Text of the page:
This talk told the true story of what seems like a nightmarish scenario: an object treated 15 years ago finds its way back to the conservator in as bad (or worse) condition than ever. Nancy Love shared this stunning tale of object stewardship gone awry, which covered not only her approach(es) to treating a Native American feathered headdress treasured as a family heirloom, but also offered a chance to reflect on how the conservator and conservation has changed in the 15 years between the first and second treatments.
The first treatment (in 2001) was documented in black and white photos and color slides. The headdress underwent cleaning, loose elements were stabilized, and it was delivered on a custom-made mount to both support and store the headdress.
The second treatment (in 2016) was documented in digital color photos, which witnessed the object’s return with only part of its storage mount, dirty again, and with many of the rawhide attachment points joining feathers to base broken and damaged. For the second treatment, Love tried a different approach to attach the feathers to the headdress, but ultimately found that more closely following the original technique provided a better outcome. In her discussion of the treatment and during the question and answer time afterwards, Love reflected on her willingness to attempt a slightly more interventive approach as an older and more experienced conservator and the importance of trusting an object to “tell” its caretakers what it needs. It was encouraging to hear the second treatment had a considerably higher final pricetag (reflecting the increased prices conservators in private practice can command) and that the object was returned to owners with a renewed awareness of what it takes to care for cherished objects.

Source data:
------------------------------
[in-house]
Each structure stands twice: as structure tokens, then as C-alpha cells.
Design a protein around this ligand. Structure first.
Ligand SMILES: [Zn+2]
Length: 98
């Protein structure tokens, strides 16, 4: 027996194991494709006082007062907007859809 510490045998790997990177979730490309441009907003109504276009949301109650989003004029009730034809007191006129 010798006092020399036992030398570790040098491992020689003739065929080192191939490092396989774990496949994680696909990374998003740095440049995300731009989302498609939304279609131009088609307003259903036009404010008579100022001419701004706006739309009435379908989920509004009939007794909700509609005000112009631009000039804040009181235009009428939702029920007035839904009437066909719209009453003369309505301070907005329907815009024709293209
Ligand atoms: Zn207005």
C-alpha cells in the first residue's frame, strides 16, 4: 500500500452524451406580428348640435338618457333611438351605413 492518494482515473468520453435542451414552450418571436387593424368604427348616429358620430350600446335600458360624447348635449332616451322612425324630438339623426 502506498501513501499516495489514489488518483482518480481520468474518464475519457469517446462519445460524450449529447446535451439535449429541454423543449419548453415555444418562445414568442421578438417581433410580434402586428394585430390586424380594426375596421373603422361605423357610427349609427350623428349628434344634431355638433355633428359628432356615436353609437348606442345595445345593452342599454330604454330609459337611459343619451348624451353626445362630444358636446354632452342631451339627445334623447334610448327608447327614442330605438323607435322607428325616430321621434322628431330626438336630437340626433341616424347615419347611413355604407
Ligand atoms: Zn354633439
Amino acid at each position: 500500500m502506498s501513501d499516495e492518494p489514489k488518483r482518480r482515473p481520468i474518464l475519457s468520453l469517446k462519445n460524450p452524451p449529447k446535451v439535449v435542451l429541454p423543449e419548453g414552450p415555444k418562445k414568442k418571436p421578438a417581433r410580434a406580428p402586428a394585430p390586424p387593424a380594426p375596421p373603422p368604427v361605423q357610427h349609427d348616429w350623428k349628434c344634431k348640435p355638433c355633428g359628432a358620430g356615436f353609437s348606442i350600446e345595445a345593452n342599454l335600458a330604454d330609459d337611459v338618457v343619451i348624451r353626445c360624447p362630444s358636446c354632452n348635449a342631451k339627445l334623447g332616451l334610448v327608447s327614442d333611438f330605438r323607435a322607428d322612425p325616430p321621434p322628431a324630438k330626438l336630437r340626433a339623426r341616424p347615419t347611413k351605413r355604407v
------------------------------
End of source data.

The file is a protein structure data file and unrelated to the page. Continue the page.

Johanna shared her experiences treating an ensemble labeled Worth & Bobergh at the Museum of Fine Art, Boston. The ensemble includes a skirt, day bodice, and evening bodice of silk faille and dates to about 1870. The petersham label inside the day bodice identifying it “Worth & Bobergh” means it dates from Worth’s early years when his investor (Bobergh) was included in his labels. In spite of its unique history, the ensemble had been the victim of some “refashioning” to update it for later fashions or possibly to make it into “fancy dress.” The alterations included sewing the evening bodice to the skirt, adding panels to the sides to extend the bodice, and stitching the skirt up so that it would no longer accommodate the crinoline and bustle combination of its original fashionable design.
Johanna’s complicated treatment called upon a mix of both skills and techniques that covered the gamut between precise and delicate to practical and bold (but well-researched and justified) choices. While firmly rooted in “conservatorial” thinking and using some familiar techniques, the treatment ranged beyond the conventional to draw upon newer techniques such as digital printing of fabrics to recreate the patterned silk of the underskirt and Johanna’s knowledge of dress-making to prepare a half-size model of the to-be-reworked skirt and to recreate the waistband and original cartridge pleats. Dyed-to-match fabrics were used not only for treatment of the solid purple, but also for the patterned fabric. Johanna dyed the silk first, before delivering it the digital printer, who then only had to match the printed pattern, which avoided the “over crisp” and new look of some digitally-printed fabric infills. The treatment ultimately represented a thoughtful and nuanced blending of old and new, dressmaker and conservator, that breathed new life into an object that Johanna described before treatment as “not the most beautiful” of the MFA Boston’s Worth examples, making the treatment “A Worthwhile Endeavor” indeed.